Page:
Although carbon footprints are reported in annual tons of CO2 emissions, they actually are a measure of total greenhouse gas emissions. A greenhouse gas is any gas that traps heat in the atmosphere through the greenhouse effect. Because of the presence of greenhouse gases in our atmosphere the average temperature of the Earth is 14 °C. Without the greenhouse effect, the average temperature of the atmosphere would be -19 °C.
Many greenhouse gases, such as carbon dioxide, methane, nitrous oxide, and water, occur naturally. Other greenhouse gases, such as chlorofluorocarbons (CFCs), hydrofluorocarbons (HFCs), perfluorocarbons (PFCs), and sulfur hexafluoride (SF6) are synthetic. Since the beginning of the Industrial Revolution, atmospheric concentrations of greenhouse gases, both natural and man-made, have been increasing. Burning fossil fuels and land-use changes such as deforestation interfere with the natural carbon cycle, moving carbon from its solid form to the gaseous state, thus increasing atmospheric concentrations of carbon dioxide.
Keeping the carbon footprint at the lowest levels possible by reducing carbon dioxide emissions is seen as essential to sustaining the environment. Carbon footprint reduction can be achieved in two ways:
Reduction of Carbon Dioxide Emissions. This can be accomplished by calculating the 'carbon footprint' and identifying those aspects of a routine or process that consume the most carbon. Following this, it is possible to minimise those activities and, where possible, seek sustainable alternatives. An example could be walking or cycling to work rather than driving.
Carbon Offsetting. This means reducing the overall carbon emissions by 'offsetting' them. It involves actively promoting the reduction of carbon emissions, whilst not necessarily making a change to a business practice. In this way a large company, for example, may continue to burn fossil fuels at their current rate, yet contribute to an overall reduction in carbon emissions by investing in initiatives that actively reduce carbon emissions.
Discussion on EU/UK Government actions
The UK government reaction to climate change was the signing of the Kyoto protocol. The major feature of the Kyoto Protocol is that it sets required targets for 37 industrialised countries and the European community for reducing greenhouse gas emissions. The Climate change act in November 2008 was basically the opening of the UK government to take climate change much more seriously. This act sets legally requisite targets for reducing the greenhouse gas emissions by 80% by 2050 based on 1990 levels. The UK government have set out a few initiatives such as:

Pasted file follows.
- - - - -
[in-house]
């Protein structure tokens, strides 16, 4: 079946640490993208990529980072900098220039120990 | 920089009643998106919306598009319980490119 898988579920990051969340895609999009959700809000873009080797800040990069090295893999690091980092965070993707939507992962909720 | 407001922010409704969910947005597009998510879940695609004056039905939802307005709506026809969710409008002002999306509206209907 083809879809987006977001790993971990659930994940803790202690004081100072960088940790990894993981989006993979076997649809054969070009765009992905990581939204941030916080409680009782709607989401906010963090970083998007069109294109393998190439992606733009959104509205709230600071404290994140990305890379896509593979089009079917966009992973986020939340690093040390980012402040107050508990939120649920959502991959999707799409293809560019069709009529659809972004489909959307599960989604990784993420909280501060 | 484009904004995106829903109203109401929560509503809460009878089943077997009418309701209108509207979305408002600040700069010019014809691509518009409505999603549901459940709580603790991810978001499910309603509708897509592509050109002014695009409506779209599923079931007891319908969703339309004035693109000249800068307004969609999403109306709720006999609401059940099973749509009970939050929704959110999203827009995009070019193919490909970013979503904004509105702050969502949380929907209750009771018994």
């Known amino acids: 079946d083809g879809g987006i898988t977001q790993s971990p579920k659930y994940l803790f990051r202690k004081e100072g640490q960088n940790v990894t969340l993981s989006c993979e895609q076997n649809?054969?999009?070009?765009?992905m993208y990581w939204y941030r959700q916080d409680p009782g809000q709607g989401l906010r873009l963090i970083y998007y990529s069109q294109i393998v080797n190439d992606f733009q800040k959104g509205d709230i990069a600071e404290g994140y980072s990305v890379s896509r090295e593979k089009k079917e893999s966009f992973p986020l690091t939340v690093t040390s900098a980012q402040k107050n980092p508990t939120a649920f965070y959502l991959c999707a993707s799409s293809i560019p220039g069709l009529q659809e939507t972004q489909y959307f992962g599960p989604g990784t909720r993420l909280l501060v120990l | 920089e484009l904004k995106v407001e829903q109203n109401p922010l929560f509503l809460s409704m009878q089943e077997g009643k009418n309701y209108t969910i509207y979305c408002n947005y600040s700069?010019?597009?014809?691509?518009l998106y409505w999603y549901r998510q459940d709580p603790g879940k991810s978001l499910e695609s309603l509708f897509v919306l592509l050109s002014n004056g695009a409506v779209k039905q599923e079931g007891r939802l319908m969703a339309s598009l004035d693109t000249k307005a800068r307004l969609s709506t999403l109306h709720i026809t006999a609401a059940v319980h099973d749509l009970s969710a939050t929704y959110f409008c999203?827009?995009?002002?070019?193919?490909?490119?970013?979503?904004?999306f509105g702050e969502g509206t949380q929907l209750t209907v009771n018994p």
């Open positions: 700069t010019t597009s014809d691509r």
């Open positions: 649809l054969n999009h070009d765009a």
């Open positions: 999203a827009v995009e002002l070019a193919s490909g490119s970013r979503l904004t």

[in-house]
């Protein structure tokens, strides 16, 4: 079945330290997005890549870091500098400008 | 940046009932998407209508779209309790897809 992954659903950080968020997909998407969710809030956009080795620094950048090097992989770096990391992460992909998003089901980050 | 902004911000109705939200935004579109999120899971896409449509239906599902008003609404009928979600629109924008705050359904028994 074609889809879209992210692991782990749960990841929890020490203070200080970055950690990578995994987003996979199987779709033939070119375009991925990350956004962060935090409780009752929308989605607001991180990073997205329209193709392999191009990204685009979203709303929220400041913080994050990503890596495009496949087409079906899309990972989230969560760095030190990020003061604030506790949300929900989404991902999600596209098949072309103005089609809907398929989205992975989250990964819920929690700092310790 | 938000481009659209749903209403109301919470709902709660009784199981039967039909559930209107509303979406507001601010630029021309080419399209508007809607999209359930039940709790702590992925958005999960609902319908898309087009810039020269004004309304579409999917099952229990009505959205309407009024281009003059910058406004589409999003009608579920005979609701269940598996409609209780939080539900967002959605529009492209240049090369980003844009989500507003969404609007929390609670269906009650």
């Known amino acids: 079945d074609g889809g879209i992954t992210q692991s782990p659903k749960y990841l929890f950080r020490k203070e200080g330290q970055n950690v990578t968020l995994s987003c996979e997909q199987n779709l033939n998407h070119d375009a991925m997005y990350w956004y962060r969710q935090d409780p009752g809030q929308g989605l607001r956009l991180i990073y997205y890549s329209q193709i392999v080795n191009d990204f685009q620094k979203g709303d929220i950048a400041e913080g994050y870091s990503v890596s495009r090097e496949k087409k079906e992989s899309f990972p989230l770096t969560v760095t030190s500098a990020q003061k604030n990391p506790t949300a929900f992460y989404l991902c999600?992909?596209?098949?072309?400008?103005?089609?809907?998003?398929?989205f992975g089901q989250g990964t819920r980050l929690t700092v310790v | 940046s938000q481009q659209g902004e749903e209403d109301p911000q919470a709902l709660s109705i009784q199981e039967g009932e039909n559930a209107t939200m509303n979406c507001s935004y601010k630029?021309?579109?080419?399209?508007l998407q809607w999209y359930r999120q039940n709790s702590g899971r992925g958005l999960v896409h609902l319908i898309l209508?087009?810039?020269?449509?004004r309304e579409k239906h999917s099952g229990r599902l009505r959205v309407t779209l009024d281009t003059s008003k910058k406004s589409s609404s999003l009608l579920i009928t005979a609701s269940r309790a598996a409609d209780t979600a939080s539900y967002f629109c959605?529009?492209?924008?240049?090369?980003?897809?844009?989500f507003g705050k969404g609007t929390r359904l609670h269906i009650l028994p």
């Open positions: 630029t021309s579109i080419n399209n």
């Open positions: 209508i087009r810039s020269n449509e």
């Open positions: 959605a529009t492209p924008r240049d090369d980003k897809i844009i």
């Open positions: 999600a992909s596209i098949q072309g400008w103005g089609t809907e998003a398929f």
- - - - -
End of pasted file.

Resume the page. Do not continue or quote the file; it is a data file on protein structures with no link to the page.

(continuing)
Ensuring that 40 per cent of electricity will come from low carbon sources, including renewable energy and nuclear power
By 2016 the UK government have set a protocol of zero carbon homes.
Halving the amount of gas imported
Promoting carbon capture and storage (capturing the CO2 that's given off when fossil fuels like coal are burnt, and storing it safely underground)
Supporting new fuels and technologies (like electric cars) to reduce CO2 emissions from transport
Setting out 'zero waste' to local authorities for the initiation of reducing (ways to prevent waste), re-using and recycling waste or else fines are permitted for burying more than their quota of waste.
Setting 'carbon budgets' to cap the UK's overall CO2 emissions - if emissions rise in one sector, savings will have to be made elsewhere
CRC Energy Efficiency Scheme is a mandatory cap and trade scheme in the UK that will apply to large non energy-intensive organisations in the public and private sectors. It is predicted that the scheme will cut carbon emissions by 1.2 million tonnes per year by 2020
The code for sustainable homes whereby the code is the national standard for the sustainable design and construction of new homes. The Code aims to reduce our carbon emissions and create homes that are more sustainable.
In March 2007 the EU's leaders certified an integrated approach to climate and energy policy that aims to combat climate change. They committed Europe to transforming itself into a highly energy-efficient, low carbon economy. The EU Government set a series of challenging climate and energy targets that need to be met by 2020. These are, cut of up o 50% in carbon emissions by 2050 (compared to 1990 levels), a reduction in EU greenhouse gas emissions of at least 20% from all primary energy sources by 2020 (compared to 1990 levels), 20% of EU energy consumption to come from renewable resources, the use of bio fuels at a minimum target of 10% and improving energy relations with EU's neighbours such as Russia.
The European Union is leading global action on climate change, both by setting out what needs to be done internationally to keep global warming to less than 2°C above the pre-industrial temperature and by committing to significant cuts in its own greenhouse gas emissions. EU is playing a leading role in global efforts to secure the entry into force and implementation of the Kyoto Protocol, which requires developed countries to start reducing their emissions.